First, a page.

The SEC has indentified, as a significant contributing factor to the RMBS collapse, the paucity of adequate information which would have allowed investors to make informed investment decisions and the resulting overreliance upon ratings. In a previous piece, we touched upon the SEC’s proposal to require significant asset level disclosure in shelf offerings. Today we will consider a further proposal which the SEC believes to be “an appropriate partial substitute for the investment grade ratings requirement.”

In the aftermath of the RMBS collapse, disgruntled investors attempted to probe the degree to which securitizers may have failed to comply with their representations and warranties relating to the assets in the pool and, more specifically, compliance with underwriting policies. The investors suspected that there must have been widespread breaches of the representations and warranties but in some cases they were frustrated by what they perceived to be the stonewalling of those parties who were the only available source of the information.

In order to enhance the protective nature of the representations and warranties, the SEC has proposed to require the deal documentation to contain a requirement for the representing and warranting party to furnish, on a quarterly basis, a non-affiliated third party’s opinion relating to any asset in respect of which the securitization vehicle’s trustee has asserted a breach of any representation and warranty and which was not repurchased or replaced as a result of such assertion.

The SEC has indicated that this requirement is “designed to help ensure that representations and warranties about the assets provide meaningful protection to investors, which should encourage sponsors to include higher quality assets in the asset pool”.

It seems to me that there are several problems with this proposal. First, it only requires delivery of the opinion after a refused assertion of a breach. This does not address the lack of transparency at the heart of the problem since the trustee may not have sufficient knowledge at the asset level to assert a breach.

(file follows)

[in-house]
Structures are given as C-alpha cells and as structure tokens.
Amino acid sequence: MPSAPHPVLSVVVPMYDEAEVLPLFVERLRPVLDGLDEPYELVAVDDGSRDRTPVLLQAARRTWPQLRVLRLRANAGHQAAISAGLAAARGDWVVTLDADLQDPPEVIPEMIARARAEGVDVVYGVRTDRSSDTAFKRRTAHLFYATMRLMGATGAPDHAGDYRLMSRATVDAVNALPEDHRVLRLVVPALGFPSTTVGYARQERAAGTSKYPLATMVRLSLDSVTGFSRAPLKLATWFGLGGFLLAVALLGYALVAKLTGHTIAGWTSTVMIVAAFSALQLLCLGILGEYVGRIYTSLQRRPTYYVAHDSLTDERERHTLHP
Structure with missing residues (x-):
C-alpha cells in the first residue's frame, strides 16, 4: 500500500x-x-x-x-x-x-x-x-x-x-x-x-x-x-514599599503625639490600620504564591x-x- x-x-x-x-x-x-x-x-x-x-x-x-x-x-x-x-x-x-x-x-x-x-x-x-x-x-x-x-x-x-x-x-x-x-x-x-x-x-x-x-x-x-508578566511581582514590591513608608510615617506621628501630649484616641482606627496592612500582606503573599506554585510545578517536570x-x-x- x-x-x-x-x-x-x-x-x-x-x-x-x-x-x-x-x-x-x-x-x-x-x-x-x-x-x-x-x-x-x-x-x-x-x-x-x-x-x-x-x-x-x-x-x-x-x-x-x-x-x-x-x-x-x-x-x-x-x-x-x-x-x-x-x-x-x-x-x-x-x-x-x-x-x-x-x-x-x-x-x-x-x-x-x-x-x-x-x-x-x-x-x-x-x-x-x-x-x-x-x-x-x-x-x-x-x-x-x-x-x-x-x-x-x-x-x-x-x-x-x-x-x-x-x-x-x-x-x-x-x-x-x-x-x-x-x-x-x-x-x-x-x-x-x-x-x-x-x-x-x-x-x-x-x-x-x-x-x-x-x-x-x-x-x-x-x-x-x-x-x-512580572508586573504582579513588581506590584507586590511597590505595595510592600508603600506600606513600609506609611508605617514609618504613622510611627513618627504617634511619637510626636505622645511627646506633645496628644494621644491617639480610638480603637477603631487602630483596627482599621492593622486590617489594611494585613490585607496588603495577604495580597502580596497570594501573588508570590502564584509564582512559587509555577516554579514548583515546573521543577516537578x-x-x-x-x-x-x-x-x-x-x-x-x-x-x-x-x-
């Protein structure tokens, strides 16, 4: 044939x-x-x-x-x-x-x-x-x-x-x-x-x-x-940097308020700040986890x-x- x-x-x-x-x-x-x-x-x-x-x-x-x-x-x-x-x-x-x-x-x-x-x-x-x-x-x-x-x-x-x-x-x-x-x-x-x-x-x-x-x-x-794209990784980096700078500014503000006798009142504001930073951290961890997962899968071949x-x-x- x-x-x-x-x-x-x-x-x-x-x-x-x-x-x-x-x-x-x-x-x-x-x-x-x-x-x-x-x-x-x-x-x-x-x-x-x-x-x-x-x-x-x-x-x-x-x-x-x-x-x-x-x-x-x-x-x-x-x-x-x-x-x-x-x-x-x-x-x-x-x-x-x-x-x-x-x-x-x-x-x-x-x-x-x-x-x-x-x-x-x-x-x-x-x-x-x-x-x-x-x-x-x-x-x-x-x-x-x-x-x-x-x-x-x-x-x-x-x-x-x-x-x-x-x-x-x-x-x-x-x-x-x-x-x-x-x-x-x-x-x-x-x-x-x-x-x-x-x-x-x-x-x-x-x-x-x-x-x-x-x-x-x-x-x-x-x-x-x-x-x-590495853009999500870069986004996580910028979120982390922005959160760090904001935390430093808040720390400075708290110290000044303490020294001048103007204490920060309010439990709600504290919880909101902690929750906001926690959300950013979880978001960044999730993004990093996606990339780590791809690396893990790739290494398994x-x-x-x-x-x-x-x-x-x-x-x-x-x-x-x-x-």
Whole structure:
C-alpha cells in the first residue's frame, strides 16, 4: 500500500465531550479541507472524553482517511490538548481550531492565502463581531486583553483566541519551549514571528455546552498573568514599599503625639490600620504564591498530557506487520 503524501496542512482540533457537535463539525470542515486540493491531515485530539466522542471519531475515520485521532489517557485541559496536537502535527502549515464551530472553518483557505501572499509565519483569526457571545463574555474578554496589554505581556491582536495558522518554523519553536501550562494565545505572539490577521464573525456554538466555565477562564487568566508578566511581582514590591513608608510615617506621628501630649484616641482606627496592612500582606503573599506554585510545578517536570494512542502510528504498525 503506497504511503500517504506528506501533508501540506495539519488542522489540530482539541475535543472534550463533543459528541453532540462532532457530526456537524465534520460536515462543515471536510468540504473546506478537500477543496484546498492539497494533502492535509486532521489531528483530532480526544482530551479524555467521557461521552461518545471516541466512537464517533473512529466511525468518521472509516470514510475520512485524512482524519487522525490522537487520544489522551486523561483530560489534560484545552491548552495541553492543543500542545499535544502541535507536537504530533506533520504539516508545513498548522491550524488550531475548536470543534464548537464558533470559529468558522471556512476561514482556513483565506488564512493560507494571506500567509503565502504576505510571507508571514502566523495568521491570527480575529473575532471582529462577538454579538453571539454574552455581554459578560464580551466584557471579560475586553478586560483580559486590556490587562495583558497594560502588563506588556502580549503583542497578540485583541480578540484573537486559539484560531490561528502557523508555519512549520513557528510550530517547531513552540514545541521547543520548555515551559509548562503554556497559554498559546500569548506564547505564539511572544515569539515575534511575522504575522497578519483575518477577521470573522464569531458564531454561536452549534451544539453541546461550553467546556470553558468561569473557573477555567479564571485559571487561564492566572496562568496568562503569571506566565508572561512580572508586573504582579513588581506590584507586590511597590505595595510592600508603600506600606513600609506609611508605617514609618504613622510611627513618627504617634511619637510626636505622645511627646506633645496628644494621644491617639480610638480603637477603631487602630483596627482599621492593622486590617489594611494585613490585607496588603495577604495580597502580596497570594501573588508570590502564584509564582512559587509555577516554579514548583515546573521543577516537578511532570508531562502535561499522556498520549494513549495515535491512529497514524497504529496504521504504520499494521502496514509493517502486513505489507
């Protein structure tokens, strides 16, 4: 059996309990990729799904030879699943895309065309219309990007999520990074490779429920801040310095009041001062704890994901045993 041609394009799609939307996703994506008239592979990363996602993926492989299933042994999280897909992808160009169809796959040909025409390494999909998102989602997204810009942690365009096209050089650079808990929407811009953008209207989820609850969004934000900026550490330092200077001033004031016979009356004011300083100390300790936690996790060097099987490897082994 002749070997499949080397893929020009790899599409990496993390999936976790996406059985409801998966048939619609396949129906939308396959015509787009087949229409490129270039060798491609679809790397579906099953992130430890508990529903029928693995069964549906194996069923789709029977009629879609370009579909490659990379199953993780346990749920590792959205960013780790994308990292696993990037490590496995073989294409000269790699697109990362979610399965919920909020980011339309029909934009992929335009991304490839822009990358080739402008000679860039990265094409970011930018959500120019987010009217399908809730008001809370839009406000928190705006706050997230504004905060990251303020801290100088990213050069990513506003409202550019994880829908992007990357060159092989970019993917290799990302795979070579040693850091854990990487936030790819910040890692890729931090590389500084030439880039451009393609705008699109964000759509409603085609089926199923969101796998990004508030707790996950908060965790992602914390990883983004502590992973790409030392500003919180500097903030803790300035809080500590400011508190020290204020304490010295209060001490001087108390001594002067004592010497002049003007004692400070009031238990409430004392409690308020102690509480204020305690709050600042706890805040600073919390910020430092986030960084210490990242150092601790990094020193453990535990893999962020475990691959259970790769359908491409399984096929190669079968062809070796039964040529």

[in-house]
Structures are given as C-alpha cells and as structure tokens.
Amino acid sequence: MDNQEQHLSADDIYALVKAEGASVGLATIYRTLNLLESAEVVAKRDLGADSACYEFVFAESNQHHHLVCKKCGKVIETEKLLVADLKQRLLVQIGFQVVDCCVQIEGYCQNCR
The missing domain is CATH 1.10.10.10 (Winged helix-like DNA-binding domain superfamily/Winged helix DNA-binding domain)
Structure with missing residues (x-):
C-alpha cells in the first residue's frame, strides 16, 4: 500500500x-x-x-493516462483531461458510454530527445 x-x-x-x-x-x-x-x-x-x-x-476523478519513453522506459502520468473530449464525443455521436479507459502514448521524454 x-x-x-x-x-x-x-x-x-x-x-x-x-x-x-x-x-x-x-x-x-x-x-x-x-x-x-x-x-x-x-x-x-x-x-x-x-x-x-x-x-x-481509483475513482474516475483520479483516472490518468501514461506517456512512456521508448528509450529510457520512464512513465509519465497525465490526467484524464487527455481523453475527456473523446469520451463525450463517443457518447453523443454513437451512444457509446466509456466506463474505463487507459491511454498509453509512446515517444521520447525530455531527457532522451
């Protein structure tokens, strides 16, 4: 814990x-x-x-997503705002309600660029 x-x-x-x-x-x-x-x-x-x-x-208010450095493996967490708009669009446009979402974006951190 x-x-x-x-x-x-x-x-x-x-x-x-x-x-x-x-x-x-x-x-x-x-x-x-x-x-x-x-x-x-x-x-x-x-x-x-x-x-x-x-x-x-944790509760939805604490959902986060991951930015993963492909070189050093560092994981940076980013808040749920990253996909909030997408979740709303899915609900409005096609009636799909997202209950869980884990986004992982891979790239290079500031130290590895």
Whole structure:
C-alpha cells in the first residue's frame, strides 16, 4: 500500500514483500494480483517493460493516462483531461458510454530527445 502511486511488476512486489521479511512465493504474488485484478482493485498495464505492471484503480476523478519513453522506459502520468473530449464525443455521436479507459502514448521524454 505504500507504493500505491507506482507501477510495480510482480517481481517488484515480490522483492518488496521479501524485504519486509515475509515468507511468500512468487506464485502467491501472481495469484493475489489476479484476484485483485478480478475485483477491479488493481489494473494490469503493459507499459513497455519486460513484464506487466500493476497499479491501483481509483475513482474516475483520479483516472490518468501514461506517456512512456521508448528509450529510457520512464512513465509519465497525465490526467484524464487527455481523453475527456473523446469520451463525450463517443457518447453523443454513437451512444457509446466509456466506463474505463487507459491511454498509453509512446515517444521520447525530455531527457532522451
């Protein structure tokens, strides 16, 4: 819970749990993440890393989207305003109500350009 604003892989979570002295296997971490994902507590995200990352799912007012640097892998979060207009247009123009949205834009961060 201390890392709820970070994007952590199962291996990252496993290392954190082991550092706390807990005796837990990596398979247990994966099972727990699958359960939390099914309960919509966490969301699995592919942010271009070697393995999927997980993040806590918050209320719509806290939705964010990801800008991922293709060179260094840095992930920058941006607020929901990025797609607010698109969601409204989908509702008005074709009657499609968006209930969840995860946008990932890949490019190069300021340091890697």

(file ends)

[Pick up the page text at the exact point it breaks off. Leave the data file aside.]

Second, it is not clear that any qualified third party could be found to give such an opinion. It would need not only to make a technical assessment that the representation and warranty has been breached, but, in most cases, also the less objective determination of whether the breach is material and adverse. Given the factual and subjective elements involved, these questions would not be appropriate subjects of opinions from either accountants or lawyers and it is difficult to think who would be in a position to render such an opinion.

Finally, unless the transaction documents make it binding on the parties, which is not part of the proposal, the rendering of the opinion would not be a final determination of whether there has been a breach. There is no guidance in the proposed rule as to what is to done if the parties remain at an impasse.

Perhaps the fault with this proposal lies in a basic misconstruing of the purpose of representations and warranties. They are not intended to be used proactively but rather, if there is ever a default and consequent loss in a transaction, to give the trustee personal recourse to the representing party if any breach can be identified.

Nevertheless, if one is determined to alter the fundamental role which representations and warranties play in a transaction one could do worse than consider the alternative proposed by the Securities Industry and Financial Markets Association (SIFMA) comment to the SEC proposals dated August 2, 2010.

SIFMA proposes the appointment of an independent credit risk manager (a CRM) to represent the interests of securityholders. The CRM would be provided with electronic access to all asset-level documents and all underwriting guidelines. The CRM would be paid a risk management fee out of the waterfall alongside other service providers and would be responsible for monitoring performance of the representations and warranties, and investigating, initiating and attempting to settle claims. If the CRM and the seller are unable to agree on whether a breach has occurred, the dispute would be referred to binding arbitration.

Unlike the original SEC proposal, the SIFMA proposal might actually have a chance of being effective. In either case, the proposals would entail a further increase in price and complexity which will do nothing to encourage the use of securitization as a financing alternative. And once again, a blunt instrument is being taken to an entire industry in response to a relatively localized problem.